David thinks over this, considering what his friend says, it makes sense, Auckland Castle is suitable for a man of the Bishop’s rank, and it also means that he can have someone flit between castles to keep an eye over him, for David knows that he cannot remain in Alnwick for too long, he will need to return home soon enough, he wishes to see his wife and their children again. Eventually he nods. “Aye, that does make sense. A good suggestion Andrew.” He pauses a moment then, thinking through what else he wishes to discuss with the man, once he has his thoughts in order he speaks once more. “Tell me Andrew, you have been at my side throughout this war, and you were the one who told me that it is one thing to conquer land, but quite something else to hold it. If you were me, how might you hold this land of ours?”
The man is silent, his face scrunched up in thought, eventually he speaks his voice calm. “I think Your Majesty, that in order to truly hold down these lands, you will need to make use of the locals who have sat here for a long time. Families like the Percys who have been here since the conquest, who know this land better than almost anyone else, people like the Nevilles who know this land as well. Make use of them and I think that this land shall remain yours for a long time to come.”
David ponders this, an interesting suggestion, though he remembers finding Neville men at arms, and seeing the hatred and disgust in their faces when he spoke to them, he does not think that they would be so willing to serve him. Percy though, that man is slightly younger than him, and might well be desperate enough to make some sort of name for himself to serve someone who he should traditionally hate. “I think you are right, though I would say this, the Nevilles cannot be trusted. They fought far too hard to ever be trusted I believe. Percy however, is young, he is someone I think can be used to ensure that that some of the north remains loyal for longer amounts of time.”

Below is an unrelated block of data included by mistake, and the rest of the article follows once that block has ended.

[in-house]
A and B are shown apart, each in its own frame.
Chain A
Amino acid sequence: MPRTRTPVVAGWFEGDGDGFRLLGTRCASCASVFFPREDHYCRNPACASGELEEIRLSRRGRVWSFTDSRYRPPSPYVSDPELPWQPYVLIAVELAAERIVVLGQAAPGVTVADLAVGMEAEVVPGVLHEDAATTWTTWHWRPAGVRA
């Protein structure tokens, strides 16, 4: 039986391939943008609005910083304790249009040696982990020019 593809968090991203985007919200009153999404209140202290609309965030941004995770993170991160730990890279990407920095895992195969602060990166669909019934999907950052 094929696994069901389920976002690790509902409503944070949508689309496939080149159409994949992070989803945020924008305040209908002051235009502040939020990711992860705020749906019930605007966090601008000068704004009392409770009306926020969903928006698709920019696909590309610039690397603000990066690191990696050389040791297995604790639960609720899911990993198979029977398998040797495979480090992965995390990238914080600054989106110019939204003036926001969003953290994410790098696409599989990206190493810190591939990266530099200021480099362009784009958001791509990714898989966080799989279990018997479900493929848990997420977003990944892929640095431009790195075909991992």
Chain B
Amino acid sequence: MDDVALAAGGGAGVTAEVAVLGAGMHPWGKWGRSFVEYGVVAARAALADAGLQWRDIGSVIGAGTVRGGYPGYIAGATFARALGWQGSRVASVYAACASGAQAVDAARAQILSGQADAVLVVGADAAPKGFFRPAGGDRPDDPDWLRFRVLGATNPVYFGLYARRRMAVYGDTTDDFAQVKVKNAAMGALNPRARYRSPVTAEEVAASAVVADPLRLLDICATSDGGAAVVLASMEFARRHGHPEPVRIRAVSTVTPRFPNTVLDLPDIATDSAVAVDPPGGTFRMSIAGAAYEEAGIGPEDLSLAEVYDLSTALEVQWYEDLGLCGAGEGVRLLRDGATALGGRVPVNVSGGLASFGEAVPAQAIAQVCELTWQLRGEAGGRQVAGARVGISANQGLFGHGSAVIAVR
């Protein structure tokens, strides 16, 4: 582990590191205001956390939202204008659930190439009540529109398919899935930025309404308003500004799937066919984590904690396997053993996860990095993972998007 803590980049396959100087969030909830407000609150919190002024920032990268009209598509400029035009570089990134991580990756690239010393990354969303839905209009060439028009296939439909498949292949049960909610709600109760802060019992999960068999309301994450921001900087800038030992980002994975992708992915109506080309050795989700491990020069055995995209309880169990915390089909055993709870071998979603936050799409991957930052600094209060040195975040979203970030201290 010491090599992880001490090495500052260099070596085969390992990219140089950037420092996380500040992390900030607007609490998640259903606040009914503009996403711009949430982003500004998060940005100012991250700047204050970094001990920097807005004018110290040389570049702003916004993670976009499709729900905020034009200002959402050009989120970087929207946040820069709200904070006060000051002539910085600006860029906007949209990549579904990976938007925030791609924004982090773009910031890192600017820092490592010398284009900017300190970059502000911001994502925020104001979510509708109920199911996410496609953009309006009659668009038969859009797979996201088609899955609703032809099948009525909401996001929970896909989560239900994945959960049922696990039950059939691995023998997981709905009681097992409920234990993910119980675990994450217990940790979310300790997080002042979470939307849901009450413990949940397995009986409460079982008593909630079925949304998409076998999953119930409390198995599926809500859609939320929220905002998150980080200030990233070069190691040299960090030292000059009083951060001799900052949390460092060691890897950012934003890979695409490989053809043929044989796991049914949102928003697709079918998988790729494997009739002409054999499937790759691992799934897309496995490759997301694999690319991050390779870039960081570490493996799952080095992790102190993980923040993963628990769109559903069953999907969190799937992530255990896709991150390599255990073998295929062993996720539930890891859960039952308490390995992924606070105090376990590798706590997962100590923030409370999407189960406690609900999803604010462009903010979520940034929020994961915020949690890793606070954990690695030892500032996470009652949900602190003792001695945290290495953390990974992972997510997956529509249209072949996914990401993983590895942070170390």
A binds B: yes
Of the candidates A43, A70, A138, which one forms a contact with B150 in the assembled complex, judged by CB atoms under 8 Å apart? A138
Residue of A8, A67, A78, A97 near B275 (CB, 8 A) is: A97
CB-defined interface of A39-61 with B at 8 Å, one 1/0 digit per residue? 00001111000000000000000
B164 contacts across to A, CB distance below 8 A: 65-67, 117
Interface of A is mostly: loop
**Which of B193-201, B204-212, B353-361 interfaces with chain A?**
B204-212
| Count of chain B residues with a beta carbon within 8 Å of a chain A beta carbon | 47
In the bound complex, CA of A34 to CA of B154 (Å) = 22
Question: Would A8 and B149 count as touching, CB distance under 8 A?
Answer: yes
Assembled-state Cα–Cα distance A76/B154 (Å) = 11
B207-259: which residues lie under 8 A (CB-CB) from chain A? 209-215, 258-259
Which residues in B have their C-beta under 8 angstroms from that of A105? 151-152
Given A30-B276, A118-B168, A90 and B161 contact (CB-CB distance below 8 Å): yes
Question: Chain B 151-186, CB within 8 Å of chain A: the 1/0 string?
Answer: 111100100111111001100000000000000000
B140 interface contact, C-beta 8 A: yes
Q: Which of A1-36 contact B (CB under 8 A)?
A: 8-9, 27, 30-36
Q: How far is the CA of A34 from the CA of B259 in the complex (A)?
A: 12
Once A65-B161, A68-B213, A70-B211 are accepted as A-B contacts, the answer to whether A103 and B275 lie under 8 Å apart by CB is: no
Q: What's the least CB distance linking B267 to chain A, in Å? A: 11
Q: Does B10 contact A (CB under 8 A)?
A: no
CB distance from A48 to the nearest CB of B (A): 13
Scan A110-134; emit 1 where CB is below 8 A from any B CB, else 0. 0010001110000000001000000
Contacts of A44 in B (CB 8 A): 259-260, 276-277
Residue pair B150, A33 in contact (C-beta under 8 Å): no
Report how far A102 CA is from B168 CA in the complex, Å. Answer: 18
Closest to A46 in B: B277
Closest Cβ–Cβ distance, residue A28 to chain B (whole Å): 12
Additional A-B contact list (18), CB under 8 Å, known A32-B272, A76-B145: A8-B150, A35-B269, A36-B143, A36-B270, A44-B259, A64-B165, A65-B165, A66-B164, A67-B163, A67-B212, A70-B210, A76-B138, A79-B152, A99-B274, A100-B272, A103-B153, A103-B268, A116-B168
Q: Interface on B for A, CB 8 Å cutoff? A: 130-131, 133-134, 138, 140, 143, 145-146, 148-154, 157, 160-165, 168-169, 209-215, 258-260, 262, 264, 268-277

He has the feeling that Andrew does not quite approve of the method, but nonetheless the man bows his head in acceptance. There is a momentary pause, and then David speaks once more. “Tell me Andrew, what are the people of the north making of us? Do they see us as their liberators or, do they sense that we might do more harm to them?” This is something that has been chipping away at him for some time, and he feels that if anyone would know the exact feelings of the people, it would be the man sitting in front of him, Andrew has a habit of finding things out.
The man takes a moment to respond, when he does eventually respond, his voice is calm and measured. “From what I have learned Your Majesty, there are some who think that the conquest was for the better, that it makes more sense to be ruled by someone who shares similar beliefs to them, rather than someone from London. Whilst there are others who believe that London was far better. I think that in time that might change.”
David nods, acknowledging this. “Very well. Thank you Andrew, you may leave now.” The man rises, bows and then walks out of the room, leaving David alone with his thoughts.
July, 1291 Soulac, Gascony
Edmund, Earl of Leicester
Edward was dead, the older brother he had admired, the older brother he had fought alongside it, it was a strange thought, for as long as he could remember, it had seemed as if his brother was invincible, that he would never die. And now, now he was gone, slain in battle by their nephew. That was something he still had trouble getting his head around. Their nephew, a boy had managed to conquer all of Northern England, and had reduced England to everything south of York, that was something that made him angry, desperately angry. There was a part of him that wanted to raise men to deal with the boy, and to remove any illusions he had, but they did not have enough men or commanders to deal with that. The deaths of Warrene and De Bohun had dented a lot of the resolve that their men had had, and now there were other issues that needed to be dealt with. Foremost amongst them was the pesky French King who was currently residing in Langon, the man’s progress had been slowed due to the summer fever that had spread through the region, but had thankfully missed Edmund and his men.